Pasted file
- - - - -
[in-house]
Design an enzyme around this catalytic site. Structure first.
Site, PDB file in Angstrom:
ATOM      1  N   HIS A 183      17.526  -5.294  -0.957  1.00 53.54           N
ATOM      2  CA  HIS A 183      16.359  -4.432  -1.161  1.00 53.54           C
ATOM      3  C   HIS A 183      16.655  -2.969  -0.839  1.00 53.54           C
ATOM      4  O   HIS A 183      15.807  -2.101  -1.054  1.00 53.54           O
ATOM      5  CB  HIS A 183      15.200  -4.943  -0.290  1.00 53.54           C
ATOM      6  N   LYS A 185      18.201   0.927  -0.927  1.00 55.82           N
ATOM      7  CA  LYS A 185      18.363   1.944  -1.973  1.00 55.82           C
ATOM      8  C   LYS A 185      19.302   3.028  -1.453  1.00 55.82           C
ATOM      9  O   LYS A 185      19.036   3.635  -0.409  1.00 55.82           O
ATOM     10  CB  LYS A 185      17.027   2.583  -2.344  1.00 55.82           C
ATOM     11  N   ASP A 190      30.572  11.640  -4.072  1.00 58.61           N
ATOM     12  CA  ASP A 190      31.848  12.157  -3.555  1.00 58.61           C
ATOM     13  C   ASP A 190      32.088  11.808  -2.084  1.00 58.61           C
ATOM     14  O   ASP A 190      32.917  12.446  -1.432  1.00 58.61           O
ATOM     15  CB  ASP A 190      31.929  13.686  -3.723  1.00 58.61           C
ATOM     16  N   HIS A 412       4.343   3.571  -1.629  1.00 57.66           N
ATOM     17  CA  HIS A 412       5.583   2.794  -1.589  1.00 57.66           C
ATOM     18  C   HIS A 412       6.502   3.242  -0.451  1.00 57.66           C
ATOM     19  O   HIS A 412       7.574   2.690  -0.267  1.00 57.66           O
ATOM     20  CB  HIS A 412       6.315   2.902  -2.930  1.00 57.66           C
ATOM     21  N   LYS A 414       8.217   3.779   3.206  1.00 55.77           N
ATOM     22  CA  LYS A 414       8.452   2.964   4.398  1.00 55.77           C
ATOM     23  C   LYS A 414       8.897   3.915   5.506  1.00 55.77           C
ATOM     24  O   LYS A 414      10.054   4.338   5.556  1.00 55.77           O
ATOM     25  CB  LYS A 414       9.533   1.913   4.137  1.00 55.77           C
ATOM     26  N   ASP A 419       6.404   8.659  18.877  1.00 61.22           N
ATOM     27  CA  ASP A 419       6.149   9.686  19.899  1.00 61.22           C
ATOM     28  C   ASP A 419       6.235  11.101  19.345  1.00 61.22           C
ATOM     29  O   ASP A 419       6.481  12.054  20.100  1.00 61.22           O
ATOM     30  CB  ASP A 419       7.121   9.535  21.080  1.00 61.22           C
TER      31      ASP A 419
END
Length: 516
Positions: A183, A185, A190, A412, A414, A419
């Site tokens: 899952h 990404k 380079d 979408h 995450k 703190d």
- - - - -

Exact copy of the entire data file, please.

[in-house]
Design an enzyme around this catalytic site. Structure first.
Site, PDB file in Angstrom:
ATOM      1  N   HIS A 183      17.526  -5.294  -0.957  1.00 53.54           N
ATOM      2  CA  HIS A 183      16.359  -4.432  -1.161  1.00 53.54           C
ATOM      3  C   HIS A 183      16.655  -2.969  -0.839  1.00 53.54           C
ATOM      4  O   HIS A 183      15.807  -2.101  -1.054  1.00 53.54           O
ATOM      5  CB  HIS A 183      15.200  -4.943  -0.290  1.00 53.54           C
ATOM      6  N   LYS A 185      18.201   0.927  -0.927  1.00 55.82           N
ATOM      7  CA  LYS A 185      18.363   1.944  -1.973  1.00 55.82           C
ATOM      8  C   LYS A 185      19.302   3.028  -1.453  1.00 55.82           C
ATOM      9  O   LYS A 185      19.036   3.635  -0.409  1.00 55.82           O
ATOM     10  CB  LYS A 185      17.027   2.583  -2.344  1.00 55.82           C
ATOM     11  N   ASP A 190      30.572  11.640  -4.072  1.00 58.61           N
ATOM     12  CA  ASP A 190      31.848  12.157  -3.555  1.00 58.61           C
ATOM     13  C   ASP A 190      32.088  11.808  -2.084  1.00 58.61           C
ATOM     14  O   ASP A 190      32.917  12.446  -1.432  1.00 58.61           O
ATOM     15  CB  ASP A 190      31.929  13.686  -3.723  1.00 58.61           C
ATOM     16  N   HIS A 412       4.343   3.571  -1.629  1.00 57.66           N
ATOM     17  CA  HIS A 412       5.583   2.794  -1.589  1.00 57.66           C
ATOM     18  C   HIS A 412       6.502   3.242  -0.451  1.00 57.66           C
ATOM     19  O   HIS A 412       7.574   2.690  -0.267  1.00 57.66           O
ATOM     20  CB  HIS A 412       6.315   2.902  -2.930  1.00 57.66           C
ATOM     21  N   LYS A 414       8.217   3.779   3.206  1.00 55.77           N
ATOM     22  CA  LYS A 414       8.452   2.964   4.398  1.00 55.77           C
ATOM     23  C   LYS A 414       8.897   3.915   5.506  1.00 55.77           C
ATOM     24  O   LYS A 414      10.054   4.338   5.556  1.00 55.77           O
ATOM     25  CB  LYS A 414       9.533   1.913   4.137  1.00 55.77           C
ATOM     26  N   ASP A 419       6.404   8.659  18.877  1.00 61.22           N
ATOM     27  CA  ASP A 419       6.149   9.686  19.899  1.00 61.22           C
ATOM     28  C   ASP A 419       6.235  11.101  19.345  1.00 61.22           C
ATOM     29  O   ASP A 419       6.481  12.054  20.100  1.00 61.22           O
ATOM     30  CB  ASP A 419       7.121   9.535  21.080  1.00 61.22           C
TER      31      ASP A 419
END
Length: 516
Positions: A183, A185, A190, A412, A414, A419
């Site tokens: 899952h 990404k 380079d 979408h 995450k 703190d």